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  • Jefferson Adams
    Jefferson Adams

    Study Examines Shared Genetic Architecture in Ten Pediatric Autoimmune Diseases

    Reviewed and edited by a celiac disease expert.

    Celiac.com 09/16/2015 - Autoimmune disease, such as type 1 diabetes, Crohn's disease, and juvenile idiopathic arthritis, affect about 7 to 10 percent of the population in the Western Hemisphere.

    Using genome-wide association studies (GWASs), researchers have identified hundreds of susceptibility genes, including shared associations across clinically distinct autoimmune diseases.

    Kids picking flowers. Photo: CC-- Peter SchultzA team of researchers recently conducted an inverse χ2 meta-analysis across ten pediatric-age-of-onset autoimmune diseases (pAIDs) in a case-control study including more than 6,035 cases and 10,718 shared population-based controls.

    The research team included Yun R Li, Jin Li, Sihai D Zhao, Jonathan P Bradfield, Frank D Mentch, S Melkorka Maggadottir, Cuiping Hou, Debra J Abrams, Diana Chang, Feng Gao, Yiran Guo, Zhi Wei, John J Connolly, Christopher J Cardinale, Marina Bakay, Joseph T Glessner, Dong Li, Charlly Kao, Kelly A Thomas, Haijun Qiu, Rosetta M Chiavacci, Cecilia E Kim, Fengxiang Wang, James Snyder, and Marylyn D Richie.

    The are variously affiliated with The Center for Applied Genomics, The Children's Hospital of Philadelphia, Philadelphia, Pennsylvania, USA; Medical Scientist Training Program, Perelman School of Medicine, University of Pennsylvania, Philadelphia, Pennsylvania, USA; the Department of Biostatistics, Perelman School of Medicine, University of Pennsylvania, Philadelphia, Pennsylvania, USA.; the Division of Allergy and Immunology, The Children's Hospital of Philadelphia, Philadelphia, Pennsylvania, USA.; the Department of Biological Statistics and Computational Biology, Cornell University, Ithaca, New York, USA; the Program in Computational Biology and Medicine, Cornell University, Ithaca, New York, USA, and the Department of Computer Science, New Jersey Institute of Technology, Newark, New Jersey, USA.

    For their study, the team identified 27 genome-wide significant loci associated with one or more pAIDs, mapping to in silico–replicated autoimmune-associated genes (including IL2RA) and new candidate loci with established immunoregulatory functions such as ADGRL2, TENM3, ANKRD30A, ADCY7 and CD40LG.

    The team functionally enriched the pAID-associated single-nucleotide polymorphisms (SNPs) for deoxyribonuclease (DNase)-hypersensitivity sites, expression quantitative trait loci (eQTLs), microRNA (miRNA)-binding sites and coding variants.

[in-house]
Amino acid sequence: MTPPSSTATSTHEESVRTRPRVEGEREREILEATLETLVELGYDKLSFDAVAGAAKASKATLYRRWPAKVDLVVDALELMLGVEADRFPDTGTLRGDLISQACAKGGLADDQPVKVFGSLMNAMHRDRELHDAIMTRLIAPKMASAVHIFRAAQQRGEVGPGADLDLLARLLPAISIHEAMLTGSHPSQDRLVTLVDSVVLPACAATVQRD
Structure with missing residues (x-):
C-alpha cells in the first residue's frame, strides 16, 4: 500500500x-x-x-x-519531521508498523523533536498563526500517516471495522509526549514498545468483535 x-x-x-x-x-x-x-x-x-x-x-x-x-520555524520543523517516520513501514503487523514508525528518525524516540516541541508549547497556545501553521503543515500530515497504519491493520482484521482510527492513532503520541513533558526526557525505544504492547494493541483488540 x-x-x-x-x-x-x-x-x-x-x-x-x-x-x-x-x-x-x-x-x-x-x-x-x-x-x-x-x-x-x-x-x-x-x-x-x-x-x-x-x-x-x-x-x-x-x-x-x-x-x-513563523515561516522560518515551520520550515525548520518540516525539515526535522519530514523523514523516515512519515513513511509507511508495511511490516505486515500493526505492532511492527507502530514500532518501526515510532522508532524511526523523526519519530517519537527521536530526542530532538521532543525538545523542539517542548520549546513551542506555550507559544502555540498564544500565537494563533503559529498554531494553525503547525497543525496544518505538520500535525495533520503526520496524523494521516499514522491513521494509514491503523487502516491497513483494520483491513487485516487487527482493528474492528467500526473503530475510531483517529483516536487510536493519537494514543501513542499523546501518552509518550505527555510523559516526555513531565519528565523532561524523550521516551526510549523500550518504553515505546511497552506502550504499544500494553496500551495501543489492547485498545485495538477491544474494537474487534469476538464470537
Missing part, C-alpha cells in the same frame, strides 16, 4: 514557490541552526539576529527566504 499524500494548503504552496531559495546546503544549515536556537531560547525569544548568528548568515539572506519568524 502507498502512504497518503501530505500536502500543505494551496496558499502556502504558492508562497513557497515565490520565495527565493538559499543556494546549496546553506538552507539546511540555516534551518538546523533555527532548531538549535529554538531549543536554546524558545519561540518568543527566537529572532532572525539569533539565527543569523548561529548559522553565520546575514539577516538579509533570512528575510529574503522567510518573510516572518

They also identified biologically correlated, pAID-associated candidate gene sets on the basis of immune cell expression profiling and found evidence of genetic sharing.

    Network and protein-interaction analyses demonstrated converging roles for the signaling pathways of type 1, 2 and 17 helper T cells (TH1, TH2 and TH17), JAK-STAT, interferon and interleukin in multiple autoimmune diseases.


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    I have celiac disease since childhood, have a sister with lupus, one with MS and a nephew with Type 1 diabetes. This article didn't even mention what the autoimmune diseases where that they studied and linked. Very disappointed.

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    Sorry, I am in the health field and this gave me absolutely no information of use. The 10 pediatric autoimmune diseases were not even identified.

    I apologize for that, and I share your frustration. For this article, I did not have access to the full study, only the abstract. Usually, the abstracts are reasonably informative, but in this case, as you correctly noted, the pediatric autoimmune diseases were not identified. I'll follow-up on this and see if I can get that information into the article. Thanks again for your comment.

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    I have celiac disease since childhood, have a sister with lupus, one with MS and a nephew with Type 1 diabetes. This article didn't even mention what the autoimmune diseases where that they studied and linked. Very disappointed.

    I, too, was disappointed with this information. The fault was not in the study, but in the very uninformative abstract. Please check my note to Cindy.

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  • About Me

    Jefferson Adams is Celiac.com's senior writer and Digital Content Director. He earned his B.A. and M.F.A. at Arizona State University, and has authored more than 2,000 articles on celiac disease. His coursework includes studies in science, scientific methodology, biology, anatomy, medicine, logic, and advanced research. He previously served as SF Health News Examiner for Examiner.com, and devised health and medical content for Sharecare.com. Jefferson has spoken about celiac disease to the media, including an appearance on the KQED radio show Forum, and is the editor of the book "Cereal Killers" by Scott Adams and Ron Hoggan, Ed.D.

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